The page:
May Day by F. Scott Fitzgerald
Author: Francis Scott Fitzgerald
Published: The Smart Set (July 1920), Tales of the Jazz Age (1922)
Genre: Short Story
“May Day” was written by F. Scott Fitzgerald and was published in The Smart Set‘s July 1920 issue, and his 1922 book of short stories, Tales of the Jazz Age. The story revolves around a snobbish group of affluent Yale grads who happen to have a party when the May Day 1919 riots break out. After socialists denounced Eugene Debs’ conviction, riots broke out in several places, including Cleveland, Ohio, and New York City.
1. Synopsis of May Day
“May Day” follows college student Philip Dean as he navigates the May Day riots with his friends in New York City. “May Day” illustrates the disintegration of the social order as well as a historical event and depicts how individuals from different socio-economic and religious backgrounds intertwined their lives during the riots. The story primarily focuses on Gordon Sterrett, a suicidal artist hanging onto his last hope of being recognized. These are just a few of the characters that come to form Fitzgerald’s political tale.
2. Story Summary
2.1. A Loan
The narrative begins with a wave of recently discharged World War I soldiers arriving in New York. A former soldier and aspiring artist named Gordon Sterrett is traveling to the Biltmore Hotel to meet Philip Dean, a buddy from their time in college. Gordon requests a loan, revealing that he is jobless and being blackmailed by a lady known as Jewel Hudson. Philip expresses reluctance, viewing Gordon as “bankrupt – morally as well as financially.” The two discuss an upcoming Yale alumni event that they will both attend.
2.2. The Mob
The story now follows Carroll Key and Gus Rose, two demobilized soldiers. Before being attacked by a group of soldiers, a Jewish man exclaims the negative repercussions of the war. As they march down Sixth Avenue toward Tenth Street, the mob swells in size. Carroll and Gus join the crowd but depart in search of alcohol. They make their way to Delmonico’s, a restaurant with a storeroom that adjoins the ballroom where the fraternity dance is being held.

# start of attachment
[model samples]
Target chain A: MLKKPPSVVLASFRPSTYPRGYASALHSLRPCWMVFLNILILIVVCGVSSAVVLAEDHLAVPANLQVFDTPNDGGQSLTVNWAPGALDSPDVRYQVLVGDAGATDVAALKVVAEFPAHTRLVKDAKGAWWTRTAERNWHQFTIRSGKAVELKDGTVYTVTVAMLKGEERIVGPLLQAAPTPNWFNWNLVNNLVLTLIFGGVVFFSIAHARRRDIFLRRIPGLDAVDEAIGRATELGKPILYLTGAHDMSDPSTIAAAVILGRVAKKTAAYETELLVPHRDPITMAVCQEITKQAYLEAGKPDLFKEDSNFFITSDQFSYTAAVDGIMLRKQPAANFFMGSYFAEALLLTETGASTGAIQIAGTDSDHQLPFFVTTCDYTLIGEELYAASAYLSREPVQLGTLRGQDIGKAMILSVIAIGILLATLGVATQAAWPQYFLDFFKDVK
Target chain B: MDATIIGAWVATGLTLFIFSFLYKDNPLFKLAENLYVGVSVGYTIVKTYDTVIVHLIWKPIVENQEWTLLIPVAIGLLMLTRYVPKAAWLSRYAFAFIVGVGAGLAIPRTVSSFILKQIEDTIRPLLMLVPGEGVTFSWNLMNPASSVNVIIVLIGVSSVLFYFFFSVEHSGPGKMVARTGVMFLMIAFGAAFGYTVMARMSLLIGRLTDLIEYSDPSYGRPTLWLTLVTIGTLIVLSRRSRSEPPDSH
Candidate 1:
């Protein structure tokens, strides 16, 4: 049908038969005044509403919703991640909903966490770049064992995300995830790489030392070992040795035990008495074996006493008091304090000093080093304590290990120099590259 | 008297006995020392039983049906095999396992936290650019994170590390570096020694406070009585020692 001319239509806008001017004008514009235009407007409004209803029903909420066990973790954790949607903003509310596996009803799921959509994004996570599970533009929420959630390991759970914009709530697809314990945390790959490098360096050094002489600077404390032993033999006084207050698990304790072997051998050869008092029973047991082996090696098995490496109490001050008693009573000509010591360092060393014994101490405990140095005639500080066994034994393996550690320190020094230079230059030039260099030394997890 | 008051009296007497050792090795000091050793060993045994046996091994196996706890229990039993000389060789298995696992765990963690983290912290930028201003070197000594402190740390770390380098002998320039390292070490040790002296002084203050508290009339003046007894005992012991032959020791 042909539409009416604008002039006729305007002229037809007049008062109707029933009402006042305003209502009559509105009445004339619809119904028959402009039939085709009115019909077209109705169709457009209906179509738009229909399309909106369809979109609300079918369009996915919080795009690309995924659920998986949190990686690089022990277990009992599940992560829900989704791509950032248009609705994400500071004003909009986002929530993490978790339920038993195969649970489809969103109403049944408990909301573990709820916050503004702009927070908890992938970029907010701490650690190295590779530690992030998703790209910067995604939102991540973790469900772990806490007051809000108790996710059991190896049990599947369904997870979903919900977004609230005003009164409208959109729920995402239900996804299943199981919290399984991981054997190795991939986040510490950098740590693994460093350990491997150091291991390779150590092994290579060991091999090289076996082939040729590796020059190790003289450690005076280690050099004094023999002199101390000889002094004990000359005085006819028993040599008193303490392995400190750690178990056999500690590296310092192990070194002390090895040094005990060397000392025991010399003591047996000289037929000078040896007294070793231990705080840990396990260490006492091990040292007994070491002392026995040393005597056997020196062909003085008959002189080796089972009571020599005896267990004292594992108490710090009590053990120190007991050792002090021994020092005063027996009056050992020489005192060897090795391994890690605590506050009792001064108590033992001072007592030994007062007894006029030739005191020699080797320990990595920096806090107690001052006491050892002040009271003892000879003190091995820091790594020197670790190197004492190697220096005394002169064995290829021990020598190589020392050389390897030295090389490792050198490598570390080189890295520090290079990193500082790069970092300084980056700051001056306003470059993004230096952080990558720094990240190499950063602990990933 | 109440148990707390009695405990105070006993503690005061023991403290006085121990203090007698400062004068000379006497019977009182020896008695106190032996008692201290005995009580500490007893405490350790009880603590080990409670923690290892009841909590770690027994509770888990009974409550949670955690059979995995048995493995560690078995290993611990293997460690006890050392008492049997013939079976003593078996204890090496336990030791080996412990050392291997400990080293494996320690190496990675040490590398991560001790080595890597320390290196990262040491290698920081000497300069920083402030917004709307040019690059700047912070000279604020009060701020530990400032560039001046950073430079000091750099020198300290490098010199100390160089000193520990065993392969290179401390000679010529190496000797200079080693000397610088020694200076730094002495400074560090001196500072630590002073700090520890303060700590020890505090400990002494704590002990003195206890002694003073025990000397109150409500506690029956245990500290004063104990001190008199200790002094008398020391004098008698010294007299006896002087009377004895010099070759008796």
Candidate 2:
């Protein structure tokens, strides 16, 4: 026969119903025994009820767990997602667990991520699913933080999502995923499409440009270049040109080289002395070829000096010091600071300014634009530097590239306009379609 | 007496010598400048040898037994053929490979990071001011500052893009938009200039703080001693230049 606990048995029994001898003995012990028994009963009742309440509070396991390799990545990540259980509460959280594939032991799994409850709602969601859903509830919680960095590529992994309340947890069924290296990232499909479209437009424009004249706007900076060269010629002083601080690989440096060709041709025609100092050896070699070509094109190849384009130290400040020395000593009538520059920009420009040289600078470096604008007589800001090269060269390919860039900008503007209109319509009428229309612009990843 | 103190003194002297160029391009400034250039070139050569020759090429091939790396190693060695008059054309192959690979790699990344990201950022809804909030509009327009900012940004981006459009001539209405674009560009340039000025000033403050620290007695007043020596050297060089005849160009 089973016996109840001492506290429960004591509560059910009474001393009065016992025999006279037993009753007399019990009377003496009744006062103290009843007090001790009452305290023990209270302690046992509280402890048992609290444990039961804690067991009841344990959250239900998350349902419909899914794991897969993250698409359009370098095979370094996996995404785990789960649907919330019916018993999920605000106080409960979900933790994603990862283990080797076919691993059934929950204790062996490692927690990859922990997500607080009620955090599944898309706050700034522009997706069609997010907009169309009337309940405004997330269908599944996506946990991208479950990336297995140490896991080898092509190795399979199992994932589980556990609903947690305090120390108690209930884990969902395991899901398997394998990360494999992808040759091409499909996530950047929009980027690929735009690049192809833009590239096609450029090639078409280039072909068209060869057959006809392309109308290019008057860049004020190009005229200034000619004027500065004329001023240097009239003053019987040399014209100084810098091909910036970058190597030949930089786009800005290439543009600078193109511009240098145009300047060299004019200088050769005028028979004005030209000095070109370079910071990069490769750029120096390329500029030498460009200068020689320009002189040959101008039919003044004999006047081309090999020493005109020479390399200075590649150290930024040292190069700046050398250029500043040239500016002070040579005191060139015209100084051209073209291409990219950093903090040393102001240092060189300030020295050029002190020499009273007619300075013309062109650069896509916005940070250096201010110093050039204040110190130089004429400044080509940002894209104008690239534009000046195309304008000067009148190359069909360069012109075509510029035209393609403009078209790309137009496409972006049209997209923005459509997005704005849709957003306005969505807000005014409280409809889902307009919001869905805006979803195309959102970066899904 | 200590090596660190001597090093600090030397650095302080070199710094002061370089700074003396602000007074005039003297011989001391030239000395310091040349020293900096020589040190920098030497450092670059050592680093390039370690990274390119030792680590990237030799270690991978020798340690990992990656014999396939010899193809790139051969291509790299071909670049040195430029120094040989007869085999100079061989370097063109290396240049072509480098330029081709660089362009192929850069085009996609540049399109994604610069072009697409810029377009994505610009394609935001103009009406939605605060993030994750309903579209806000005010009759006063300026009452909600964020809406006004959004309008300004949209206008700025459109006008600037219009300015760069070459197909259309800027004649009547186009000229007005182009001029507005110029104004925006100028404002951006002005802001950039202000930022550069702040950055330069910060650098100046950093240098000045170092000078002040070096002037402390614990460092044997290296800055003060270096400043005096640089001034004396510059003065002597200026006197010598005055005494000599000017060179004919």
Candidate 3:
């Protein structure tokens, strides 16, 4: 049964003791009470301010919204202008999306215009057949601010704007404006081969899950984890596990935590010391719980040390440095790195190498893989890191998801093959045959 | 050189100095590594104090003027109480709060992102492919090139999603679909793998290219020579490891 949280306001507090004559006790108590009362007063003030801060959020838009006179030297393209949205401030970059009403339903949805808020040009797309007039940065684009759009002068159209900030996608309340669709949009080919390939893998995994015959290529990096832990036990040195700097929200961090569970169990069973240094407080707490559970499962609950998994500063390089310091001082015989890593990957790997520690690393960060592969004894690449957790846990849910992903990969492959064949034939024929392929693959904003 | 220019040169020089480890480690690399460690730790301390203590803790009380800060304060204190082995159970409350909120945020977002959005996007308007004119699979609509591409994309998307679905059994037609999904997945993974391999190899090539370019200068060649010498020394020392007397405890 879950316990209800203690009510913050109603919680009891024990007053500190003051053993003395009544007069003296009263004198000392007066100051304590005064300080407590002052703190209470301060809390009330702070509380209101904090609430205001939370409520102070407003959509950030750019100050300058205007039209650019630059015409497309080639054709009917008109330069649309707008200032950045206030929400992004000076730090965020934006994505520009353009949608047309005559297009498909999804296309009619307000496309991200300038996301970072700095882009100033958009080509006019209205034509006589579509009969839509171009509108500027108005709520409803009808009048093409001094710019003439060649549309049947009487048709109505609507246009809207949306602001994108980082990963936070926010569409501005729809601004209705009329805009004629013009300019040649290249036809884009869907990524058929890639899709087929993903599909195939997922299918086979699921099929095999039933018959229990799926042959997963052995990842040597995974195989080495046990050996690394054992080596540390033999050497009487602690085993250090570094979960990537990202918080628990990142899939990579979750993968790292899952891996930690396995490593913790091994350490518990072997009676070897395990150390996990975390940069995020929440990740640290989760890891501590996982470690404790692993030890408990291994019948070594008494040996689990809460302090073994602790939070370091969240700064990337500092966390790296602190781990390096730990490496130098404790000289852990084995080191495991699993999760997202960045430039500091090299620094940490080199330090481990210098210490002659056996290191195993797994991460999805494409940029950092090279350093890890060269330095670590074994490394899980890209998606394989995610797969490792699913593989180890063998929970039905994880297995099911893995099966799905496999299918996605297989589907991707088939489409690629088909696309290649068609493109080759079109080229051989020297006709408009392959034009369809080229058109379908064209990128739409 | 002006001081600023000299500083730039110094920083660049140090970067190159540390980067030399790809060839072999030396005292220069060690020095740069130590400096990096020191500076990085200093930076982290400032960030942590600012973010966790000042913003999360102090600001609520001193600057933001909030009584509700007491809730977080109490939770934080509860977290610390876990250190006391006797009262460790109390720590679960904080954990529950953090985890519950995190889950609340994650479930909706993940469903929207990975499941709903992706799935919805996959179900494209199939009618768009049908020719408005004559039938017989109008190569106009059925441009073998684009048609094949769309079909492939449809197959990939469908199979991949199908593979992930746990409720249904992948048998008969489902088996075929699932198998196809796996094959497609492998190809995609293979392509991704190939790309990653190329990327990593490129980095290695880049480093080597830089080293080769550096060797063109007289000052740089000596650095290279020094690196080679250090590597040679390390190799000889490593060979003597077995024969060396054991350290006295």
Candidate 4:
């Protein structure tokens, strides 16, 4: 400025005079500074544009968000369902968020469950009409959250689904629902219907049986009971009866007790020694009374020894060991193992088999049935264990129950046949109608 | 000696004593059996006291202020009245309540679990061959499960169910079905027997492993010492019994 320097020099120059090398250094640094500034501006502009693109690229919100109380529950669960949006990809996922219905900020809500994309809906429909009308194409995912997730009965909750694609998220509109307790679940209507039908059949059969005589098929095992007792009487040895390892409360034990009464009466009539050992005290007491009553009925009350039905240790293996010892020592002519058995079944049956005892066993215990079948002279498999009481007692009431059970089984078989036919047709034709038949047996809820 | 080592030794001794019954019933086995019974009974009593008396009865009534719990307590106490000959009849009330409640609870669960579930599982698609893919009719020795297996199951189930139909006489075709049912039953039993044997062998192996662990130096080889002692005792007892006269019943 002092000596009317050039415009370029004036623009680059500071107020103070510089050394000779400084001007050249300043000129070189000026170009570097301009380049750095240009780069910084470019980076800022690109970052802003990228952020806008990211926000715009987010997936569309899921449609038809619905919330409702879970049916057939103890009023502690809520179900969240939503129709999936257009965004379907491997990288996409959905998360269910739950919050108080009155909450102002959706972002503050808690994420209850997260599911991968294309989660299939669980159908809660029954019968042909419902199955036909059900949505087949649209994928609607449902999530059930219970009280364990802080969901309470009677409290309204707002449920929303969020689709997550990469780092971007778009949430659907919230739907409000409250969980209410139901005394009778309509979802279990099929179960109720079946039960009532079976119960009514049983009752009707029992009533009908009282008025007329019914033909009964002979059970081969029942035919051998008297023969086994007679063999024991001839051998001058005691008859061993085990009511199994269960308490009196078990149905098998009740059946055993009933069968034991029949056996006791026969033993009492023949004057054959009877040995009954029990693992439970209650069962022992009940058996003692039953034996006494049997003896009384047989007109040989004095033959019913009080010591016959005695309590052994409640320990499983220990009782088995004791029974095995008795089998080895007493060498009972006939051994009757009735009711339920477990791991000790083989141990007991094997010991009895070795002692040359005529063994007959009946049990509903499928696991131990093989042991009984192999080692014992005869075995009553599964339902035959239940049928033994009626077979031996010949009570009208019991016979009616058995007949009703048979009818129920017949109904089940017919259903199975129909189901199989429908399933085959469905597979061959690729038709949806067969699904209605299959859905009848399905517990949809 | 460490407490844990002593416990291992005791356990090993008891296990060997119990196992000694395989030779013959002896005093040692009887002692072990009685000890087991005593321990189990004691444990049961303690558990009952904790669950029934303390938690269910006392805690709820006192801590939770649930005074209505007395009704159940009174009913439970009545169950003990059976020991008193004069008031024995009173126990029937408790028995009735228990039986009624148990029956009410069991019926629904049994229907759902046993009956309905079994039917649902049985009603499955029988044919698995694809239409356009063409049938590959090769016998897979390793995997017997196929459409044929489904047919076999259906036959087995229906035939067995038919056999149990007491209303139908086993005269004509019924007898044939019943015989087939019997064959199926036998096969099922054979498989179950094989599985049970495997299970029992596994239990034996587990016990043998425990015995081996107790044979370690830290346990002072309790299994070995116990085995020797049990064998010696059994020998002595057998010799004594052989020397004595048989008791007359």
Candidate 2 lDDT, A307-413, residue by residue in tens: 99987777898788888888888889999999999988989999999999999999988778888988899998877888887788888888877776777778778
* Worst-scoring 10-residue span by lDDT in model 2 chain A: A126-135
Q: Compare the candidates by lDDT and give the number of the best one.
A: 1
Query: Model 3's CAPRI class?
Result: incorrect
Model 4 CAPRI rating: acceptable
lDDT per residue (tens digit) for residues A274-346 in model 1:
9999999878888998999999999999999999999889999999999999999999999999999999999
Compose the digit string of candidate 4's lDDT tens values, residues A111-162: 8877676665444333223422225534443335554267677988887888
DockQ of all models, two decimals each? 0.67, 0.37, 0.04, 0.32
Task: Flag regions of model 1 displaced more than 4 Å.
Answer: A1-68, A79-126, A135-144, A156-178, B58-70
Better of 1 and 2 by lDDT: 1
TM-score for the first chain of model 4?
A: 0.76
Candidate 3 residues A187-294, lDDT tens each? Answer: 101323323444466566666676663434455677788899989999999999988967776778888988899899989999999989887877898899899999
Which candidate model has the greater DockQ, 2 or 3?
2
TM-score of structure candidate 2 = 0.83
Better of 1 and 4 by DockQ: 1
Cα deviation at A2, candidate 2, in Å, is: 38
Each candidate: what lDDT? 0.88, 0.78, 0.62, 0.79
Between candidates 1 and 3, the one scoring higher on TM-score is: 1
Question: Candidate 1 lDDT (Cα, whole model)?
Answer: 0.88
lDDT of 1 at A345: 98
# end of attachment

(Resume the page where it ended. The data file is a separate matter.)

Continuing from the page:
2.3. The Dance
Edith Bradin, Gordon’s ex-girlfriend, is at the dance with her current beau, Peter Himmel. Soon, Edith decides to visit her brother Peter Himmel, a reporter under the New York Trumpet. Henry is a socialist, and Edith senses that he disapproves of her hedonistic lifestyle.
Out of the blue, Jewel Hudson has come to look for George. He informs her that he does not have the amount she wants, and they leave for unknown whereabouts.
2.4. The Uprising
At the New York Trumpet, Edith is updated on the conflict by Henry and his colleague, Bartholomew. The soldiers are described as “not know what they want, or what they hate, or what they like.” These soldiers, whom Carroll is part of, soon attack the office, labeling the reporters as traitors. Carroll is pushed out of a window to his death while Henry’s leg is broken.
2.5. The Afterparty
When the party is over, the rich and drunk masses head to Delmonico’s. Jewel and Gordon arrive just as chaos erupts. Philip and Peter are kicked out for their rudeness to the staff and for instigating a food fight.
In the morning, Philip and Peter return to the Biltmore. Gordon wakes up in a shady hotel on Sixth Avenue with a hungover. He discovers that he and Jewel had engaged in sexual intercourse. Gordon leaves the hotel to purchase a gun and shoots himself in the head, the blood spattering on his art supplies.
Gordon is a struggling, poverty-stricken artist who is being blackmailed by a woman named Jewel Hudson.
Gordon’s college friend. Unlike his friend, he is successful in his career.
4. Writing Style
Fitzgerald’s interests at the time in socialism and the naturalistic fiction of Frank Norris are reflected in the story’s structure and subject. His condensing of the action into a single day and the camera-like technique of focusing on one person before zooming out to reveal a bigger setting are Modernist, and Naturalist approaches.
5. Quotes from May Day
“Love is fragile — she was thinking — but perhaps the pieces are saved, the things that hovered on lips, that might have been said. The new love-words, the tenderness learned, and treasured up for the next lover.”
Recommended: Short Stories Quotes by F. Scott Fitzgerald
6. Frequently Asked Questions about May Day
Why did Gordon Sterrett kill himself?
As a struggling artist, Gordon’s last straw is when he realizes he has slept with his blackmailer. The depressed Gordon then shoots himself out of despair.